When it’s Backpack Book Club time, participating second- and third-graders at Jefferson Elementary School in Manitowoc grab their blue backpacks and head for the gym.
There, Silver Lake College students await them for their weekly one-on-one reading sessions.
“The club gives them extra time to read with someone besides their classroom teacher or at home,” said Mary Domes, club adviser and wife of Silver Lake College President Dr. Chris Domes.
“The kids look forward to the students coming in to read with them,” said Barb Hooper, Jefferson principal. “The kids need that extra support, which has been wonderful. It’s another role model in their lives. It’s also a way for them to understand what college is all about.”
The Backpack Book Club is an offshoot of Silver Lake College's Look Ahead Lakers mentoring program. Silver Lake College students work with children on academic and social skills and encourage them to consider a higher education.
“The idea for the Backpack Book Club came about in fall, after we learned that there were a large number of students in the area who weren’t reading at grade level,” said Tara Wachowski, Silver Lake College’s School and Community Outreach Coordinator.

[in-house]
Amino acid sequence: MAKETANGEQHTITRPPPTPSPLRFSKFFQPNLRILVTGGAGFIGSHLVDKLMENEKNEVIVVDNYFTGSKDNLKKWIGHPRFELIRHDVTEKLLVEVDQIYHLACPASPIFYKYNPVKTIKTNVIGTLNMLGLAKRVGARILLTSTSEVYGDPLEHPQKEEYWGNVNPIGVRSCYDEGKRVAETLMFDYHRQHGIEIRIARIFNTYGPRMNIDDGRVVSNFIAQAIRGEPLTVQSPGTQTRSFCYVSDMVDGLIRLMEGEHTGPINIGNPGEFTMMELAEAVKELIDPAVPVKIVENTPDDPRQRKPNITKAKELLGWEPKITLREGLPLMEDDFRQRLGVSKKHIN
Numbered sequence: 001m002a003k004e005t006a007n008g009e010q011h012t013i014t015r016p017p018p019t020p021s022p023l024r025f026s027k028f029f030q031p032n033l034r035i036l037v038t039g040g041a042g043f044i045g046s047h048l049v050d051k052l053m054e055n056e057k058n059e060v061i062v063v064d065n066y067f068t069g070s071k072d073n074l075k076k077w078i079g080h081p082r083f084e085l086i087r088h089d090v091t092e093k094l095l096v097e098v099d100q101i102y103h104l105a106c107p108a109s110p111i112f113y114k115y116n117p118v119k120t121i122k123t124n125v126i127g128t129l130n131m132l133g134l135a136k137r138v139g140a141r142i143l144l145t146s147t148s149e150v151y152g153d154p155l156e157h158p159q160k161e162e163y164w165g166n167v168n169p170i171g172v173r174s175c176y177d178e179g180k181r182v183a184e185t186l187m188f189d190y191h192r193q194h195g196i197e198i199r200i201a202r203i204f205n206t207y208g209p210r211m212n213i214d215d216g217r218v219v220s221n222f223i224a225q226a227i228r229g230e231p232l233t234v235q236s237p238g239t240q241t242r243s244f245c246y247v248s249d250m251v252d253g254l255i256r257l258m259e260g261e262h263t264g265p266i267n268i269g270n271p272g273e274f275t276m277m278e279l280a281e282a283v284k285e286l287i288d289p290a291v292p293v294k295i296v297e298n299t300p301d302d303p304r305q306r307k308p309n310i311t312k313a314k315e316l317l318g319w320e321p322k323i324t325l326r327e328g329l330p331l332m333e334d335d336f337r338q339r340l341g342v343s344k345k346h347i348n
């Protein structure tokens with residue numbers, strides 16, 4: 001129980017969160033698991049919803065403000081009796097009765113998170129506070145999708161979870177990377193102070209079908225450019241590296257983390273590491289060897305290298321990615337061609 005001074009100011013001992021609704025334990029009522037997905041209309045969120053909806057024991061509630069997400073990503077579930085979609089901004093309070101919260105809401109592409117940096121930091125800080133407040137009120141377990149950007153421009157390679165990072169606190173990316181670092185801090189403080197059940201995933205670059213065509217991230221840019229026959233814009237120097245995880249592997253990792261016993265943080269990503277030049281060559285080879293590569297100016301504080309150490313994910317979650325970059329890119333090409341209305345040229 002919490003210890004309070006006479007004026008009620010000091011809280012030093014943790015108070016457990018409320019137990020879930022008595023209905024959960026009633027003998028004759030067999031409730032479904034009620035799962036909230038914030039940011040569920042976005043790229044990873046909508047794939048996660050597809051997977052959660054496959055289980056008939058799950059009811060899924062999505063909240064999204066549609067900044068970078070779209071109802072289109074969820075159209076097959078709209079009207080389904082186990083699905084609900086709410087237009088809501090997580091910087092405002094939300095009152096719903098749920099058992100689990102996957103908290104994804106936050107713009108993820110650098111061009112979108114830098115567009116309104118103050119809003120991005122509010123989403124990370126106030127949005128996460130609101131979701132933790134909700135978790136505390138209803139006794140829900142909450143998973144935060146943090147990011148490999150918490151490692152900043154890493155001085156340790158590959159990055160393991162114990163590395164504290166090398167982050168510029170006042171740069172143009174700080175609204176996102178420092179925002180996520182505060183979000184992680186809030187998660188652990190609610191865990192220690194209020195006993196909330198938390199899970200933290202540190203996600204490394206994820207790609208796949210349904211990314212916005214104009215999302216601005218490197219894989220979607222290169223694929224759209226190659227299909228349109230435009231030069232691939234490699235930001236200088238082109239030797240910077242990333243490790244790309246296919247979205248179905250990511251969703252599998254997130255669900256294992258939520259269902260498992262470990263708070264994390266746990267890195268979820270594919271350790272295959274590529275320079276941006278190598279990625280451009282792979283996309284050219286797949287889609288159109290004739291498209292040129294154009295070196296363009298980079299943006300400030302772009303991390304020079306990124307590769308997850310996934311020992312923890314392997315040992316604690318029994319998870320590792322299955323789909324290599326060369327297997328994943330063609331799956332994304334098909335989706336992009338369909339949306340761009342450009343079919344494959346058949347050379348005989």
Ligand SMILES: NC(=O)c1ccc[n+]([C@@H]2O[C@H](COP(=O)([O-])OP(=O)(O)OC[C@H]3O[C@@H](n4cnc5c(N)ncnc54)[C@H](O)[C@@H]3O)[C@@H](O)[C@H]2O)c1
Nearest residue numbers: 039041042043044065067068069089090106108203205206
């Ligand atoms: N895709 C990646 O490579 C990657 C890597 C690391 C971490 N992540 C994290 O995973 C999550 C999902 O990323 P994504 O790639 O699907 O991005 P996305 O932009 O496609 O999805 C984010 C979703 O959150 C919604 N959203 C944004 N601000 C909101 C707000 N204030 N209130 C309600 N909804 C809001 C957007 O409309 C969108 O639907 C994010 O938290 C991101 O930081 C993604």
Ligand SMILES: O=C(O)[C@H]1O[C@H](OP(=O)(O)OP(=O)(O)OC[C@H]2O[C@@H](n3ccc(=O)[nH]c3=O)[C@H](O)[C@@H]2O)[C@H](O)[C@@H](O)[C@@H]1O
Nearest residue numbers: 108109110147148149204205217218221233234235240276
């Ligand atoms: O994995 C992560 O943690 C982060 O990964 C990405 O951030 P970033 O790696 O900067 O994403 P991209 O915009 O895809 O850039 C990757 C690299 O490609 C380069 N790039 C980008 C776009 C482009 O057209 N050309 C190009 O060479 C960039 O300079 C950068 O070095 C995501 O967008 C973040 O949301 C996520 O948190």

Silver Lake College student intern Courtney Carlson, an aspiring teacher, said the Backpack Book Club is beneficial for both students and mentors.
"For the mentors, being able to see the students grow as readers is extremely rewarding," Carlson said. "The students benefit by becoming stronger readers and gaining more confidence in themselves when reading aloud.”
Added Wachowski: “Most of the college students involved in the program want to work with youth in some way. It’s really allowing them to practice what they are learning in the classroom and developing the servant leadership skills that are important and necessary for them once they graduate.”
The club is a partnership with teachers at Jefferson, who provide the books. Club members hope to expand the club to other schools in next school year.
They also hope to someday have their own library of Fountas and Pinnell guided reading level books, used by the MPSD to improve literacy, Carlson said.